Google Just Denied Cops a Key Surveillance Tool

A hacker group calling itself Solntsepek, previously linked to the infamous Russian military hacking unit Sandworm, took credit this week for a disruptive attack on the Ukrainian internet and mobile service provider Kyivstar. As Russia’s kinetic war against Ukraine has dragged on, inflicting what the World Bank estimates to be around $410 billion in recovery costs for Ukraine, the country has launched an official crowdfunding platform known as United24 as a means of raising awareness and rebuilding.

Kytch, the small company that aimed to fix McDonald’s notably often-broken ice cream machines, claims it has discovered a “smoking gun” email from the CEO of McDonald’s ice cream machine manufacturer that Kytch’s lawyers say suggests an alleged plan to undermine Kytch as a potential competitor. Kytch argues in a recent court filing that the email reveals the real reason why, a couple of weeks later, McDonald’s sent an email to thousands of its restaurant franchisees claiming safety hazards related to Kytch’s ice-cream-machine-whispering device.

WIRED looked at how Microsoft’s Digital Crime Unit has refined a strategy over the past decade that combines intelligence and technical capabilities from Microsoft’s massive infrastructure with creative legal tactics to disrupt both global cybercrime and state-backed actors. And we dove into the controversy over reauthorization of Section 702 surveillance powers in the US Congress.

And there’s more. Each week, we round up the security and privacy news we didn’t break or cover in depth ourselves. Click the headlines to read the full stories, and stay safe out there.

Geofence warrants, which require tech companies to cough up data on everyone in a certain geographic area at a certain time, have become an incredibly powerful tool for law enforcement. Sending a geofence warrant to Google, in particular, has come to be seen as almost an “easy button” among police investigators, given that Google has long stored location data on users in the cloud, where it can be demanded to help police identify suspects based on the timing and location of a crime alone—a practice that has appalled privacy advocates and other critics who say it violates the Fourth Amendment. Now, Google has made technical changes to rein in that surveillance power.

The company announced this week that it would store location history only on users’ phones, delete it by default after three months, and, if the user does choose to store it in a cloud account, keep it encrypted so that even Google can’t decrypt it. The move has been broadly cheered by the privacy and civil liberties crowds as a long-overdue protection for users. It will also strip law enforcement of a tool it had come to increasingly rely on. Geofence warrants were sent to Google, for instance, to obtain data on more than 5,000 devices present at the storming of the US Capitol on January 6, 2021, but they have also been used to solve far smaller crimes, including nonviolent ones. So much for the “easy button.”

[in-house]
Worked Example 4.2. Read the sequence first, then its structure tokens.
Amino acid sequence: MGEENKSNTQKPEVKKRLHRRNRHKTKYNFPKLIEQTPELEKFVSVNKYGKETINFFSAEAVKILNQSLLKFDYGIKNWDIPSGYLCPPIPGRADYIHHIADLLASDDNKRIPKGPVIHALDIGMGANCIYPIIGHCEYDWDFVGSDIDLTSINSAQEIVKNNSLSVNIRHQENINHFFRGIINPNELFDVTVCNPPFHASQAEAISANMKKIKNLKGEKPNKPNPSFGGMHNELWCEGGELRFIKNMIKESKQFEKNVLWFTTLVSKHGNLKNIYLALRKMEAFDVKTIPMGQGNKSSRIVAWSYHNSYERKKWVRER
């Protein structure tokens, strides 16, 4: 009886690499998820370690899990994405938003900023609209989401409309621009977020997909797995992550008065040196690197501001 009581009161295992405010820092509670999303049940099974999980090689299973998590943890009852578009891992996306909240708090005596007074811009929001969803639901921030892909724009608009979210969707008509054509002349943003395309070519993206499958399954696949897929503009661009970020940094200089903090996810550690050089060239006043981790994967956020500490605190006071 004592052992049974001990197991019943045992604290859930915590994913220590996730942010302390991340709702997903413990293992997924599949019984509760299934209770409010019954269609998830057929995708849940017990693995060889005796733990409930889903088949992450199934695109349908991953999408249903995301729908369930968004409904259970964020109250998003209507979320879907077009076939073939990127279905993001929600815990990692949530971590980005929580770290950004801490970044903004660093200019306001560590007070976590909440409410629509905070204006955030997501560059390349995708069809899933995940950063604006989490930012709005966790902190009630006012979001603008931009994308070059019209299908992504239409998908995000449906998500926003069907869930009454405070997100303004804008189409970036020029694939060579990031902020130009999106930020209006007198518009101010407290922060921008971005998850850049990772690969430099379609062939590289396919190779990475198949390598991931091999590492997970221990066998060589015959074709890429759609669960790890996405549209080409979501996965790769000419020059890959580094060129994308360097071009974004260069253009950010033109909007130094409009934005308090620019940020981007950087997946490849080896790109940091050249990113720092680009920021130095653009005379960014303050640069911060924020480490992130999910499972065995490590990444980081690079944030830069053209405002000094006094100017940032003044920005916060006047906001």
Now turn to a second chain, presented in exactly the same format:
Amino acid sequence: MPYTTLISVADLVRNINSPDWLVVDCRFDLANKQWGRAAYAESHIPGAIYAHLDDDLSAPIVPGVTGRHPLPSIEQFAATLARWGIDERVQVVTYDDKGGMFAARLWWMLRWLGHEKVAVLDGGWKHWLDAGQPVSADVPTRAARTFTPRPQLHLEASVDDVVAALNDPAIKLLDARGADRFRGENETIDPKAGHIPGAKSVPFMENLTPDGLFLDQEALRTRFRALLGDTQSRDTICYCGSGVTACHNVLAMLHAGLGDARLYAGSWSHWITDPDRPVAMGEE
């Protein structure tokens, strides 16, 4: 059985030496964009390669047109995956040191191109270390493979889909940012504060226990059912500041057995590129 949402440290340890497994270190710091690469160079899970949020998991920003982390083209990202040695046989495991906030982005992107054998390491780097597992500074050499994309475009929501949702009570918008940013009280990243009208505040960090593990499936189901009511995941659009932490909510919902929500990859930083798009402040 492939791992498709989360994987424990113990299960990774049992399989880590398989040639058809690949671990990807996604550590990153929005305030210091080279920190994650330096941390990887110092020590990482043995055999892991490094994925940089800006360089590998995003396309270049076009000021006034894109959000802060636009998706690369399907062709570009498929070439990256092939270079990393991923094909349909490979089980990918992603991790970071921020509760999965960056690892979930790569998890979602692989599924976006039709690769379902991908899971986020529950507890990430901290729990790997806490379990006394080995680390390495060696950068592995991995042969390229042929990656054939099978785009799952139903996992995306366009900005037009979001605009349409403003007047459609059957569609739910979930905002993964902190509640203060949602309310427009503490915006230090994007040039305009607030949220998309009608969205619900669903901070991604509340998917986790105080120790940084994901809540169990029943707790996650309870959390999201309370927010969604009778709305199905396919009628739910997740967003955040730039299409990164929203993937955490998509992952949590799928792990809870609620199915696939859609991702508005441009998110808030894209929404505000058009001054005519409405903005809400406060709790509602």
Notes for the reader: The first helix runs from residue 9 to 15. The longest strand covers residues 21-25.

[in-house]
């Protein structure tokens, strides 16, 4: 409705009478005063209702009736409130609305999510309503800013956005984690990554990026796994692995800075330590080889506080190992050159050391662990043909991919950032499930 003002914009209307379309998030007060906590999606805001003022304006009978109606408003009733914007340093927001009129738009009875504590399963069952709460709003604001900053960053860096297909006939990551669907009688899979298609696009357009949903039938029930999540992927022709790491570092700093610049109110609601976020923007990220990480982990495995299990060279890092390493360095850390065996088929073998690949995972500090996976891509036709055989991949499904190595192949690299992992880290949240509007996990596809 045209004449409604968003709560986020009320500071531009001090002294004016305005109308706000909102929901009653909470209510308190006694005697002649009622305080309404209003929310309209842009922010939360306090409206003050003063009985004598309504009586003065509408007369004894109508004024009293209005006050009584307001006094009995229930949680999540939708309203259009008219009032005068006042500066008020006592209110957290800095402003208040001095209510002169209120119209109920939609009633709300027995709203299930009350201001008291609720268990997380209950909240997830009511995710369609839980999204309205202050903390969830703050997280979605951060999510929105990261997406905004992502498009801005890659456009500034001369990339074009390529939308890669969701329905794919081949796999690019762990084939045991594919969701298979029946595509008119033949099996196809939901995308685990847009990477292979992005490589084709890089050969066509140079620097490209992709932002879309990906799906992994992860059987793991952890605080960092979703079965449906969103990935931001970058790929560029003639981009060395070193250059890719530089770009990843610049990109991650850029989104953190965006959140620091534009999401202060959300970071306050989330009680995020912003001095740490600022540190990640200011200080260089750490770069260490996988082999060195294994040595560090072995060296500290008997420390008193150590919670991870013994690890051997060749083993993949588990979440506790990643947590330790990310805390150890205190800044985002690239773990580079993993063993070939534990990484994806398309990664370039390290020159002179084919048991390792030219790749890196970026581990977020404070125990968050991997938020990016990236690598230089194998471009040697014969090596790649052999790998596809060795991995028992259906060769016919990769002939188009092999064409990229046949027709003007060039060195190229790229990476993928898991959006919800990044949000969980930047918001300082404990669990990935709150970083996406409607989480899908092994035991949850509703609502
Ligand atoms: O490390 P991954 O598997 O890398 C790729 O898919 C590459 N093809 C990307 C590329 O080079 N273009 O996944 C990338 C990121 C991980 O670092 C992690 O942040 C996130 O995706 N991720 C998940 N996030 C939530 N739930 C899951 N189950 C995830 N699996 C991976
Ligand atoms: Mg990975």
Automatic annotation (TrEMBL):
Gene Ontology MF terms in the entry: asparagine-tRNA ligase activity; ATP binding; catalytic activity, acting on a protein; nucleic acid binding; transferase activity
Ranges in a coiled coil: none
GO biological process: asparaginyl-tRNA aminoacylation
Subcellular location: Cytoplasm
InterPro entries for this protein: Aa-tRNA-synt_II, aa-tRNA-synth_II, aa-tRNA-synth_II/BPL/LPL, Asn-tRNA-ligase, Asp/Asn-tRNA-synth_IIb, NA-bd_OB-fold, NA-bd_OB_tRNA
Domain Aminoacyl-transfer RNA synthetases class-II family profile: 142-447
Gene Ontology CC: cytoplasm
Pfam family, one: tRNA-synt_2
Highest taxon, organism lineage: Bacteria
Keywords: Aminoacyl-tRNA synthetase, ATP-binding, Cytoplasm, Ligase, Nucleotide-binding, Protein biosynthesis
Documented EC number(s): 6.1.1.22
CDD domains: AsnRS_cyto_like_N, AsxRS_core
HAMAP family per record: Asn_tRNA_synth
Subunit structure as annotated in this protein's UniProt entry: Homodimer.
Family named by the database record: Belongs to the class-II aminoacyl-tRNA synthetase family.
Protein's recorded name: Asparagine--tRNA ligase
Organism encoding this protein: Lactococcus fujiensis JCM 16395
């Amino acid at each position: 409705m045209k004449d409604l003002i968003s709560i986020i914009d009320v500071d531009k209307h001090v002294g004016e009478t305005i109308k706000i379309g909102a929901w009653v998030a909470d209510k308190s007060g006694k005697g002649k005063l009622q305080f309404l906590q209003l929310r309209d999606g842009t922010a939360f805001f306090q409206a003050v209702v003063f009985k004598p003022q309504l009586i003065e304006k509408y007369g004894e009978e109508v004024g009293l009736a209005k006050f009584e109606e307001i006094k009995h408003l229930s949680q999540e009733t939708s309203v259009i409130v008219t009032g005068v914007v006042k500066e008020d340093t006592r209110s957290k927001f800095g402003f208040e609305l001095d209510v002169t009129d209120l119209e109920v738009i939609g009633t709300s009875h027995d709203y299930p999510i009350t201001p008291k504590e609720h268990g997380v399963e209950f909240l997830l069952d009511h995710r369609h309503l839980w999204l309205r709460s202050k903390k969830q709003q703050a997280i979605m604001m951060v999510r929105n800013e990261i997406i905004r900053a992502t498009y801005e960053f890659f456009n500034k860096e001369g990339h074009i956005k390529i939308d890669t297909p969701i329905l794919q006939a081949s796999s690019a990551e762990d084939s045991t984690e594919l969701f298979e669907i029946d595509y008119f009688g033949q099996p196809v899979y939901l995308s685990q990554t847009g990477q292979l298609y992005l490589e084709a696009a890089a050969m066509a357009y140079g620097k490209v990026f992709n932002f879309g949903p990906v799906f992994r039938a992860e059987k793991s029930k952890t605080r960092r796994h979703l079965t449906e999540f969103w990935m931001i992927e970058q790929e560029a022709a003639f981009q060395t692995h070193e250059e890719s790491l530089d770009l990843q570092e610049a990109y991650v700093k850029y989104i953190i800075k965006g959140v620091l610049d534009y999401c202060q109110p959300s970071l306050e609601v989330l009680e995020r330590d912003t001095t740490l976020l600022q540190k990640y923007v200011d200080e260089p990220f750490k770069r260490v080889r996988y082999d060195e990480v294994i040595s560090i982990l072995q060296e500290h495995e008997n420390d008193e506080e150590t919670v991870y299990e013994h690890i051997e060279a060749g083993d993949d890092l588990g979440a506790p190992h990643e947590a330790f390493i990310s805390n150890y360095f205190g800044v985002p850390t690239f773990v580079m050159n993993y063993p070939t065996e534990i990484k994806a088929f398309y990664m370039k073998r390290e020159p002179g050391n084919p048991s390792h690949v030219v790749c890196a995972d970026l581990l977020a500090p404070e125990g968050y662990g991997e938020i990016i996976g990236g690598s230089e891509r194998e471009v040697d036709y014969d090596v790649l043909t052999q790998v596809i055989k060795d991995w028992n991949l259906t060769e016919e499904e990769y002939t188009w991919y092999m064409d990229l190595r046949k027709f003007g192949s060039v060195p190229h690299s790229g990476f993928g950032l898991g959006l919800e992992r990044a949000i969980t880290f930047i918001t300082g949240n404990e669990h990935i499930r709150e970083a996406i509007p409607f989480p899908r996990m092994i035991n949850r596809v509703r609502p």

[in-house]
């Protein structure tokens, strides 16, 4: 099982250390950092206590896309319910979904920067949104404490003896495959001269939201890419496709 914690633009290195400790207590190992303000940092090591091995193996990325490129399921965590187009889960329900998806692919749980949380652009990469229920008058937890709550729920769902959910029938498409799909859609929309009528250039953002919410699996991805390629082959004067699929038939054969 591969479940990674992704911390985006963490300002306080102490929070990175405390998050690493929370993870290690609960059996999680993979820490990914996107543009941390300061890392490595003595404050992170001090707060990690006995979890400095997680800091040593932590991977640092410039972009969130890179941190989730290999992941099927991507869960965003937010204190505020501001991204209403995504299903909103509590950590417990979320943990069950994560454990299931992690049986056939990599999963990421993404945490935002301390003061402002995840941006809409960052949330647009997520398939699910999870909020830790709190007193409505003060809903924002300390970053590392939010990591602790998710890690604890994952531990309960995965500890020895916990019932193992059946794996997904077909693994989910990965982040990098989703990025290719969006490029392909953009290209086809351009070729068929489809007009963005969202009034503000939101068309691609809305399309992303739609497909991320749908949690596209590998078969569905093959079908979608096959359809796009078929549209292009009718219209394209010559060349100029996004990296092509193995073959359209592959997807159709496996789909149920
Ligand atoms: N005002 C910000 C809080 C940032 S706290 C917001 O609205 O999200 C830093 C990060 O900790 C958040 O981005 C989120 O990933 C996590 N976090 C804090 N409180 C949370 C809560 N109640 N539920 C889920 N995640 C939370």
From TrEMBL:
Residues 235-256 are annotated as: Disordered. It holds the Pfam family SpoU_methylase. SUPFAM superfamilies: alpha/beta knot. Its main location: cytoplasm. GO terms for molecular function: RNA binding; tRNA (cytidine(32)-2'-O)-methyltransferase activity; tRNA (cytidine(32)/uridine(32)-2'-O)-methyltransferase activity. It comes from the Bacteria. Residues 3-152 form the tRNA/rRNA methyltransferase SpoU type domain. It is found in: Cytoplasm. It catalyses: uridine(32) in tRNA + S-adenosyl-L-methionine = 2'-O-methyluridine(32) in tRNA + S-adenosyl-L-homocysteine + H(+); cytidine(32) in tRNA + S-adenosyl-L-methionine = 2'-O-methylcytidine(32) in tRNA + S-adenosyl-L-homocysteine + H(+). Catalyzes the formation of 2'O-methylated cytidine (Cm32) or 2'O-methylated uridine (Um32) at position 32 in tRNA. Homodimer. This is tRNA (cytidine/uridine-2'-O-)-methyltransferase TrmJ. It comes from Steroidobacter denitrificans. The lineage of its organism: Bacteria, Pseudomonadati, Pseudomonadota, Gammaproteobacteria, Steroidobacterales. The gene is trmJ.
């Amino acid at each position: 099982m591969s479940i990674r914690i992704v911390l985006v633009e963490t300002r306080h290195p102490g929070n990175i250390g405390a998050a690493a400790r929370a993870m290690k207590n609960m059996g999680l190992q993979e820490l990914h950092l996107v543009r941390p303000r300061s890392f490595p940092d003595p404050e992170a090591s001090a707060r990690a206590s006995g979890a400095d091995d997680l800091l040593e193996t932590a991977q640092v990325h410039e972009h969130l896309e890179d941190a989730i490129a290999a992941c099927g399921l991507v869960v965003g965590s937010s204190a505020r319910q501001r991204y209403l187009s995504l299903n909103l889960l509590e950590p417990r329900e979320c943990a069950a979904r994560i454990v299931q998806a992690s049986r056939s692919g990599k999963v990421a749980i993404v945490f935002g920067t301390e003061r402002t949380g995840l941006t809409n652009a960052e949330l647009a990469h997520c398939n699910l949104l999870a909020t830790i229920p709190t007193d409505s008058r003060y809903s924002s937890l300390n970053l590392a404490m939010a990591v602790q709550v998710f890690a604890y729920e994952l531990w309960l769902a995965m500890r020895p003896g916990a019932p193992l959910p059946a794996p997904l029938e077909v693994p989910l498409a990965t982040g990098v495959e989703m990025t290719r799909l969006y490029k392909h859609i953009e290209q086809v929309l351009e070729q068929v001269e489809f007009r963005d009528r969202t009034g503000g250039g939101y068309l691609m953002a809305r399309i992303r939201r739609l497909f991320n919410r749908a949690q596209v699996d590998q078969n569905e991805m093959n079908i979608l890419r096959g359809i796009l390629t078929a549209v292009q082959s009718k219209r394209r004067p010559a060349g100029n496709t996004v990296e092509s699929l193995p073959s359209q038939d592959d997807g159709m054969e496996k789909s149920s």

In a different sort of technical move to tighten users’ data protections, Apple has added new security features designed to make it harder for thieves to exploit users’ sensitive data and accounts. The Wall Street Journal had previously reported on how thieves who merely learned someone’s passcode—say, by looking over their shoulder—and then stole their phone could access their online accounts and even make payments to drain their bank balances. Apple has now created a Stolen Device Protection feature that, when enabled, will require you to use a biometric feature like TouchID or FaceID to access certain accounts and phone features, in addition to the passcode that unlocks the phone. For the most sensitive features, like changing passwords or passcodes or turning off Find My, Apple will also force you to wait an hour and authenticate again if the phone isn’t in a location the user typically frequents.

The group of Chinese hackers known as Volt Typhoon has rung alarm bells across the cybersecurity industry all year with news of its intrusions targeting power grids and other critical infrastructure in the Pacific region and the US. A new report from The Washington Post offers fresh details of the disturbing mix of networks that the group has breached, including a water utility in Hawaii, an oil and gas pipeline, and a major West Coast port. The hackers haven’t actually caused any disruptions, nor have they penetrated the industrial control system side of their targets’ networks—the sensitive systems capable of triggering physical effects. But in combination with previous reports of Volt Typhoon’s work to plant malware inside electric utilities in the continental US and Guam, the report paints a picture of China’s escalating moves to prepare the groundwork for disruption in the event of a crisis, such as an invasion of Taiwan.

The notion that your iPhone or Amazon Echo is quietly listening to your conversations has long been one of the most paranoid suspicions of all technology users—bolstered, of course, by the targeted ads that are often so accurate that they seem to be pulled directly from verbal conversations. This week, that suspicion finally became more than an urban legend when 404 Media reported on an advertising company actively claiming that it can eavesdrop on conversations via those kinds of devices. The company, Cox Media Group, (CMG) brags in its marketing materials that it’s already offering the technique to clients and “the ROI is already impressive.” It lists Amazon, Microsoft, and Google as alleged customers. But 404 Media couldn’t verify if the technique works as advertised—an enormous “if”—and CMG didn’t respond to 404 Media’s request for comment.

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